Historical Society of Japan Symposia Series Nihon Kodai-Ritsuryōsei to Chūgoku Bunmei (Japan’s Ancient Ritsuryō System and Chinese Civilization)
The study of the ritsuryō system is a fundamental topic of research for considering the nature of the ancient Japanese state. Since 1991, the Historical Society of Japan has held three symposiums on the ritsuryō system, and during this time the discovery of the Northern Song Tiansheng Statutes in Tianyige Library in Ningbo has ushered in a new stage in the comparative study of Japan’s ritsuryō system and the Tang lüling system. In November 2019, a symposium on “Japan’s Ancient Ritsuryō System and Chinese Civilization” was held at the 117th annual meeting of the Historical Society of Japan (Ancient History Section), the first such symposium to be held in twelve years. The symposium was not limited to comparative research on lüling/ritsuryō making use of the Northern Song Tiansheng Stautes, and our aim was to consider the significance of Japan’s ritsuryō system from a broad perspective by inviting researchers from other disciplines and also discussing the influence of Chinese civilization of the Sui-Tang period and the importation of Chinese culture and institutions. The symposium was chaired by Takei Noriko, papers were presented by Ichi Hiroki, Furuta Kazufumi, Yamashita Yōhei, and Enomoto Jun’ichi, and Sakaue Yasutoshi acted as commentator. This book was compiled on the basis of the papers presented at this symposium, to which there have been added contributions by members of a research project funded by a Grant-in-Aid for Scientific Research who also attended, and it could be described as the very latest findings on the study of the ritsuryō system.
Part 1 (“Exploring the Ancient Ritsuryō System”) contains articles discussing distinctive features of the ritsuryō system through comparisons of provisions in the Japanese and Tang codes. In addition to showing through a comparison of the regulations governing the passage of people and things through the gates of the imperial capital in ancient times that in Japan the palace was the emperor’s private space, differences between Japan and Tang China are clarified regarding the Law on Construction and Repairs, which regulated construction work by the state, and the Law on Stables and Pastures, which regulated the management of animals. In addition, on the basis of the prescriptions of the Law on Taxation in Goods and Labour, differences between Tang-Song China and ancient Japan in the function of notice boards for notifying tax items and tax assessments are also discussed.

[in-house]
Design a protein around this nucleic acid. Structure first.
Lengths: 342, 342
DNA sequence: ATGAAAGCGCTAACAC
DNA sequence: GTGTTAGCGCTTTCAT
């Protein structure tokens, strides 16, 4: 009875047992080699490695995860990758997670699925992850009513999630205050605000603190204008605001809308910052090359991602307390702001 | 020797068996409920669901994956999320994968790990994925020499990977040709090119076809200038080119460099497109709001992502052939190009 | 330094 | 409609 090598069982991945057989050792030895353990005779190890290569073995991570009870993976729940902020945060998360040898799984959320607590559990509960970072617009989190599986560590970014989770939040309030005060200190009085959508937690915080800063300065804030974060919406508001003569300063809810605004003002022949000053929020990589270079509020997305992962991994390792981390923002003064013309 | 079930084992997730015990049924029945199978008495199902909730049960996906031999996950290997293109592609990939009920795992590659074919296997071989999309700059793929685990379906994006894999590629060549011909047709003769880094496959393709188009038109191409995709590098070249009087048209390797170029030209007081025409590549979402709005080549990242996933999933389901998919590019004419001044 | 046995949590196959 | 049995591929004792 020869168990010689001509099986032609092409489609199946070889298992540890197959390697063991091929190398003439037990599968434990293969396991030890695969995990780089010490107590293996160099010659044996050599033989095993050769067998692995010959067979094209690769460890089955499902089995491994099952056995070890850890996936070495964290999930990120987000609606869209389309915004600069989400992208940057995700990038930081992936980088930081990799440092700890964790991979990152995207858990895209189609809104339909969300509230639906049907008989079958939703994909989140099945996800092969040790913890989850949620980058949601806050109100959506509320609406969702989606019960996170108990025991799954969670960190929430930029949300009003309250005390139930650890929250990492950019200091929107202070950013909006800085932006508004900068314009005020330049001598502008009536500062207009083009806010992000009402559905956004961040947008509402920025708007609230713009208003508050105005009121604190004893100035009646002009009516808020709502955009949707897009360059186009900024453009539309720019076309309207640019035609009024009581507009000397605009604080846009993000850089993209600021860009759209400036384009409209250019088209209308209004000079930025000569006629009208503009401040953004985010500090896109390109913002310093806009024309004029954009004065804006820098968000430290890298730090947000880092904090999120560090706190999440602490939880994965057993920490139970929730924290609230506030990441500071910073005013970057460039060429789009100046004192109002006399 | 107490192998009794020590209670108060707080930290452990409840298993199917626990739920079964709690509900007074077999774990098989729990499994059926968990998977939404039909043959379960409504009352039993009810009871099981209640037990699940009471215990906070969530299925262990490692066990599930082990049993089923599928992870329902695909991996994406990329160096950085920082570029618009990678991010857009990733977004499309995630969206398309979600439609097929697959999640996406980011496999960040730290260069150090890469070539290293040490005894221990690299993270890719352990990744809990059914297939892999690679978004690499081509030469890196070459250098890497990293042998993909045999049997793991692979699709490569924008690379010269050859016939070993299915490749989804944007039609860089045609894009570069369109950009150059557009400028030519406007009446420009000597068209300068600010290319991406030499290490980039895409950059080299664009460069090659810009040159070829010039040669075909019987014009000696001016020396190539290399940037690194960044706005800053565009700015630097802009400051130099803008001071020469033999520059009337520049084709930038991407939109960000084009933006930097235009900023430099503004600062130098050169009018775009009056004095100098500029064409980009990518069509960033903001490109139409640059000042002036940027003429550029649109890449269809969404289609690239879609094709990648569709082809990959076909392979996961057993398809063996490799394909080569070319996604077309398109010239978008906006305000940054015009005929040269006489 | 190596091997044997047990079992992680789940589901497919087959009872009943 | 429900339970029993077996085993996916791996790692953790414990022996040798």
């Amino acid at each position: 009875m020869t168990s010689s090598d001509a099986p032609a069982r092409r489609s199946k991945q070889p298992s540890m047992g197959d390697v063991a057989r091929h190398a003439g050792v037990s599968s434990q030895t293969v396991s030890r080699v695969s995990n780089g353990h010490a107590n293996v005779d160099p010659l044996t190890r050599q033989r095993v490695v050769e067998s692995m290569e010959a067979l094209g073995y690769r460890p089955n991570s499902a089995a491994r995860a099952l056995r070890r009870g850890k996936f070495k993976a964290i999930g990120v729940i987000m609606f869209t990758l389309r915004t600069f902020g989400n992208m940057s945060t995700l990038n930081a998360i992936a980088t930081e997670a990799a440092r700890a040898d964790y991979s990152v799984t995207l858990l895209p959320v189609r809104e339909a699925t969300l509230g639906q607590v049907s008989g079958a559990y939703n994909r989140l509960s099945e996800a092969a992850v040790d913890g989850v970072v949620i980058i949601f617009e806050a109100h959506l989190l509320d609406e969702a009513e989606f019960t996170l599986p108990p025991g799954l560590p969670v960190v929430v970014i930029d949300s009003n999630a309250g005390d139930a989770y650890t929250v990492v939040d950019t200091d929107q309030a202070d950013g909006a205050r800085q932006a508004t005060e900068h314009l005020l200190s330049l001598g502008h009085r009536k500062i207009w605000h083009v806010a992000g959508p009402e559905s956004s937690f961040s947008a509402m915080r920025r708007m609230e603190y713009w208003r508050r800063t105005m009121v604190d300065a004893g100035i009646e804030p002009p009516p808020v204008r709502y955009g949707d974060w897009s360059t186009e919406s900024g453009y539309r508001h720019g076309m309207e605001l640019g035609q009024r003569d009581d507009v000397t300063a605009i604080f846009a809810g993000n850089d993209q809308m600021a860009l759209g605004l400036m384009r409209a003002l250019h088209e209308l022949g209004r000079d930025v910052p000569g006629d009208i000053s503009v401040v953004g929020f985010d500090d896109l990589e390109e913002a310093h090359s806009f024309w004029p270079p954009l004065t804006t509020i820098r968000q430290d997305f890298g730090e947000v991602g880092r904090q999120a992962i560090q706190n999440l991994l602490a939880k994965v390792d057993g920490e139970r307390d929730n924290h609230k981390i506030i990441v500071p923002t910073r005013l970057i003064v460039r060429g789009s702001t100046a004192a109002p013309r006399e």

Part 2 (“Chinese Ritual Propriety and Japan’s Ritsuryō System”) contains studies that analyze Tang institutions and sources and consider distinctive features of Japan. The bureaucracy is discussed by examining differences between mourning for an emperor in China from the Northern Dynasties to the Tang and mourning for an emperor in Japan, and problems in the restoration of Tang legal codes on the basis of the Tiansheng Statutes are pointed out by tracing changes in the system of compiling registers of Daoist and Buddhist monks from the Tang to the Song. In addition, the characteristics of supplementary regulations(ko/kyaku) for implementing the penal code in Tang China and Japan and their differences are clarified through an analysis of fragments of legal codes discovered in Dunhuang and Turfan, the management of documents in Japan and Tang China is considered, and through an analysis of a memorandum and a certificate with which Saichō was issued in China (now held by Enryakuji) it is argued that in Tang China documents possessed composite functions. These articles present major findings that go beyond the academic framework of Japanese history or Chinese history.
Part 3 (“Stages in the Ritsuryō System and the Reception of East Asian Civilization”) contains examinations of the reception of East Asian civilization in Japan. It is pointed out, for example, on the basis of the Shōsōin documents that immigrants from Paekche and Koguryŏ accounted for a large proportion of those employed at scriptoria in the Nara period, and a concrete picture is presented of how they were engaged by scriptoria. It is also speculated that the Tōrei shiki, of which only fragments survive, may be a record of questions posed by Yamato no Nagaoka about the Yonghui Code when he visited Tang China. Major contributions are also made to our understanding of the formation of the ancient ritsuryō system: the various stages in which the Kiyomihara Code, Taihō Code, and Yōrō Code were promulgated are established on the basis of the relationship between the reception of Chinese scholarship and the organization of laws, and the advanced nature of the administrative section of the Kiyomihara Code is pointed out in a basic study of its functions and its systematic nature.
(Written by OTSU Toru, Professor, Graduate School of Humanities and Sociology / 2021)